The types of geraniums we are most familiar with are called Zonal or cutting geraniums because they are grown from cuttings. This type of geraniums will form the best, the largest and the longest lasting clusters of flowers on the plant then all other types of geraniums. The new seed-grown geraniums are nice and have wonderful multi colored foliage, a wide range of flower colors, but the flowers are smaller in size, have shorter flower stems and if you have a strong rain storm they tend to shatter easily. The Zonal types have tall growing flower stems 6 to 12 inches high that are very strong, with flower clusters up to 6 inches in diameter. The seed types have flowered stems 4 to 6 inches tall and the flower cluster 3 to 4 inches in diameter. Each flower in the cluster is usually single petal and will last for a week or more. The Zonal geraniums are multi-petal and will last for several weeks on the plant. Seed types will grow to 8 to 12 inches tall and just as wide and last for one season.

The Zonal geraniums will grow 2 to 3 feet tall and just as wide. In the fall of the year before it gets cold, these plants can be dug up, potted, and brought into the house where it will flower on and off during the winter, depending on how much sun you give them. The more sun they receive the better they will flower and grow. If you feed them regularly they should flower regularly during the winter. In early March cut the plant back by half or to 6 to 8 inches tall and wide. You will have no leaves on the plant, just green sticks and you should also repot the plant at this time to a new pot 2 to 3 inches larger. Add Osmocote fertilizer to the newly potted plant and move the geranium to a brightly lit window, where it will quickly begin to make new branches and foliage.

The pieces you removed from the plant can be rooted at this time with rooting powder and placed in 4 inch pots with fresh potting soil. Each piece should be 4 to 6 inches long, contain only 4 leaves on the cutting and no flower buds. Keep in a bright room but not in direct sun until they form roots in just 7 to 14 days. Keep the soil moist at all times and when the roots begin to form fertilize weekly with "Blooming and Rooting" fertilizer made by Ferti-Lome. Once the cuttings begin to grow and reach 6 inches tall pinch the plant back to 4 inches to encourage branching. If flowers form, remove them so all the energy is used to make new growth and more branches on the plant.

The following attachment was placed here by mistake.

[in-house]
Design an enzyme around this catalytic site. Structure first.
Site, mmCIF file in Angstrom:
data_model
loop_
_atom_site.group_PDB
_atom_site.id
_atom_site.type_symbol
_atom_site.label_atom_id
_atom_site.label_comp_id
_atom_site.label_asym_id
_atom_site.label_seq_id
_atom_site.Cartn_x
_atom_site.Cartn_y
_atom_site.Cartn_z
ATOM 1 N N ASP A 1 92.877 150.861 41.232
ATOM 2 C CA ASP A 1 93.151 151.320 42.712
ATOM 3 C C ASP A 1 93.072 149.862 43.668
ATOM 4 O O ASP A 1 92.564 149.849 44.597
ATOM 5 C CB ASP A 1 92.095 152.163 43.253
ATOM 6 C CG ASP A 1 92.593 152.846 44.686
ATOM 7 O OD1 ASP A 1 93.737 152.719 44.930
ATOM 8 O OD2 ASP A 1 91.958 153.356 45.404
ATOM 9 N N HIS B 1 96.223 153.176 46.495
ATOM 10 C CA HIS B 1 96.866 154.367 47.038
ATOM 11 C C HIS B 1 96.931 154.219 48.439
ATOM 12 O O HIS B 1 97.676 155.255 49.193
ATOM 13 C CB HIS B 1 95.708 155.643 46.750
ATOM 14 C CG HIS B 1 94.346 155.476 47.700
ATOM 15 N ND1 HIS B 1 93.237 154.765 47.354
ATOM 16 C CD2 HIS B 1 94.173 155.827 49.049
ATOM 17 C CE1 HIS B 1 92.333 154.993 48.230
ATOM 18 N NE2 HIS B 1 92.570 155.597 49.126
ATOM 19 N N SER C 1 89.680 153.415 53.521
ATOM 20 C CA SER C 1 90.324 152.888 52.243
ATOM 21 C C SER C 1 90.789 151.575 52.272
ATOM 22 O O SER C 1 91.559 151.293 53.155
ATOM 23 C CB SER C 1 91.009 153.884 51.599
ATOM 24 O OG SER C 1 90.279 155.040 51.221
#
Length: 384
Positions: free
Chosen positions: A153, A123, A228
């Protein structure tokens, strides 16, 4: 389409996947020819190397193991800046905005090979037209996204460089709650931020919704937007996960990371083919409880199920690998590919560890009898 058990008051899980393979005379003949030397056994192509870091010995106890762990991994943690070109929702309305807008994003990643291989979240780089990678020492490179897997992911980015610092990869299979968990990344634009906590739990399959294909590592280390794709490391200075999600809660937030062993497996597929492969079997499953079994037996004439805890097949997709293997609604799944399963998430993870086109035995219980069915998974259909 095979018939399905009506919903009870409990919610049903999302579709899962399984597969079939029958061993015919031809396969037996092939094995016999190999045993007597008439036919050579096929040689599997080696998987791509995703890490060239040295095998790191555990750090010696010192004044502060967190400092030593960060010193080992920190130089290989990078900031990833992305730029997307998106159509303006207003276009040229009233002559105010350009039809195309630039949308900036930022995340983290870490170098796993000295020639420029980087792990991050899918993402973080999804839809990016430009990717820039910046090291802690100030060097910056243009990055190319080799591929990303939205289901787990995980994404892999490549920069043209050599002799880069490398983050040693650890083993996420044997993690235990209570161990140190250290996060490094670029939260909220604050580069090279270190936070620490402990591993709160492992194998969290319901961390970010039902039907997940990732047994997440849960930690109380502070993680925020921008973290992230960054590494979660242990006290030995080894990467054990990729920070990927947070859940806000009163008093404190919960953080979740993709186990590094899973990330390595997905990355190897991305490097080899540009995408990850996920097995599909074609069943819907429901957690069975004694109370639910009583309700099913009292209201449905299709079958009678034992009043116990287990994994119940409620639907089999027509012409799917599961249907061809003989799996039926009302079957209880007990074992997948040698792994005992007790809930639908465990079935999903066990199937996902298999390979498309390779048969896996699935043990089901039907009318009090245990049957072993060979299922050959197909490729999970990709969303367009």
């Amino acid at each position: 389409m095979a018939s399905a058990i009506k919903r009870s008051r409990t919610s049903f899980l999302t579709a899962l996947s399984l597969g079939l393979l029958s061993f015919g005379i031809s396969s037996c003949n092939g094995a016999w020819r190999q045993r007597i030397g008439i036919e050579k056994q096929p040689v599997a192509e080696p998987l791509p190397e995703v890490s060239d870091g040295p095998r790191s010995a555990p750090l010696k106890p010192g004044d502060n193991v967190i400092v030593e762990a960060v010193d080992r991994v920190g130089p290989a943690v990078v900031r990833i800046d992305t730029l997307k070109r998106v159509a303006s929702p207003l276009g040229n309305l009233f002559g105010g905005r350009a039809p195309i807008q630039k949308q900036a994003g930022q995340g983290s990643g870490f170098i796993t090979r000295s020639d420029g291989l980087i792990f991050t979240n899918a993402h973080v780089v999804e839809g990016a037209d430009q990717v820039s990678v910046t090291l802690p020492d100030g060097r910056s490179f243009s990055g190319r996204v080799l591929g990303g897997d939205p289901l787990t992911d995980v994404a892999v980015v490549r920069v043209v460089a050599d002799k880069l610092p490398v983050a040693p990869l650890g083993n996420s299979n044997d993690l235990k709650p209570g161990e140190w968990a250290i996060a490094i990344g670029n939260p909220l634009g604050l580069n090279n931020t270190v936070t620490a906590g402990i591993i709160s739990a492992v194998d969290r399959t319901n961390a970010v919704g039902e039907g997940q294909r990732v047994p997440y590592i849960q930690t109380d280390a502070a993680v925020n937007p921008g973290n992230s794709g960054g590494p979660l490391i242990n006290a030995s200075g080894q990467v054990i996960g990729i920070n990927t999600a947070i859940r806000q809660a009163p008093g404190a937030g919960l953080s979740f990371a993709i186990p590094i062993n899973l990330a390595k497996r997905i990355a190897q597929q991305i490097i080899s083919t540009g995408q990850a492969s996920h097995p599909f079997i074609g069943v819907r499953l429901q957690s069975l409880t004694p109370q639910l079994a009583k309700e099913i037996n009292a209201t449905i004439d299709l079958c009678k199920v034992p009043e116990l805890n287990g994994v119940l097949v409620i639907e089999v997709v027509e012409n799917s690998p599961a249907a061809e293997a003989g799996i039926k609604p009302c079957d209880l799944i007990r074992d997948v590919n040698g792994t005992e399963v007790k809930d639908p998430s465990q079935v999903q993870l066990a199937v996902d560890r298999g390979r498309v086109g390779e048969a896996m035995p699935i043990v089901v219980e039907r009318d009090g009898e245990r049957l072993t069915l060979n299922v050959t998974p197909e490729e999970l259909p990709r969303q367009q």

In the garden or in the container be sure to fertilize often. I always use Osmocote pellet fertilizer that will feed the plant for up to 4 months and "Blooming and Rooting" fertilizer every other week all summer long. As the flowers fade be sure to remove them to prevent seed pods to form on the plant. This will encourage more flowers to develop on the plant also. Plants will do best when watered regularly; keep water off the foliage when watering. Insect and disease problems are few unless we get a lot of rainfall and cool temperatures.

Today you can find new variegated varieties of Zonal geraniums with white, pink, or red flowers and foliage in all color combinations. These variegated foliage type Geraniums do not have as large a flower or as many flowers as the green leaf types but they are very nice in a container or the garden. One of my favorite unusual Zonal Geranium is the "Rose Bud" geranium, with its double petal flowers that grow round like a flower bud not yet opened. The flower cluster will grow 3 to 4 inches round, come in shades of pink, and last on the plant for 2 weeks or more. The foliage is pale green in color, smooth with no hair on the leaf like most Zonal types and the flowers will continue all summer long.

In the same family but different are the scented geraniums and they will grow just like the Zonal. They have fewer flowers, the flowers are smaller, and fewer on the plant but the foliage had complex oils in it that make wonderful teas, and flavors for sauces, sorbets and vinegars. These plants also make great perfumes. The foliage is known for its aroma like peppermint, nutmeg, lemon, and apple--to name a few. I love rubbing the leaves with my fingers and smelling them after. There is one myth about these scented geraniums and that is that the lemon or citronella leaf type will repel mosquitoes. Unless you cover your patio with them and sit in the middle of the plants they will not repel these insects, but you will smell good.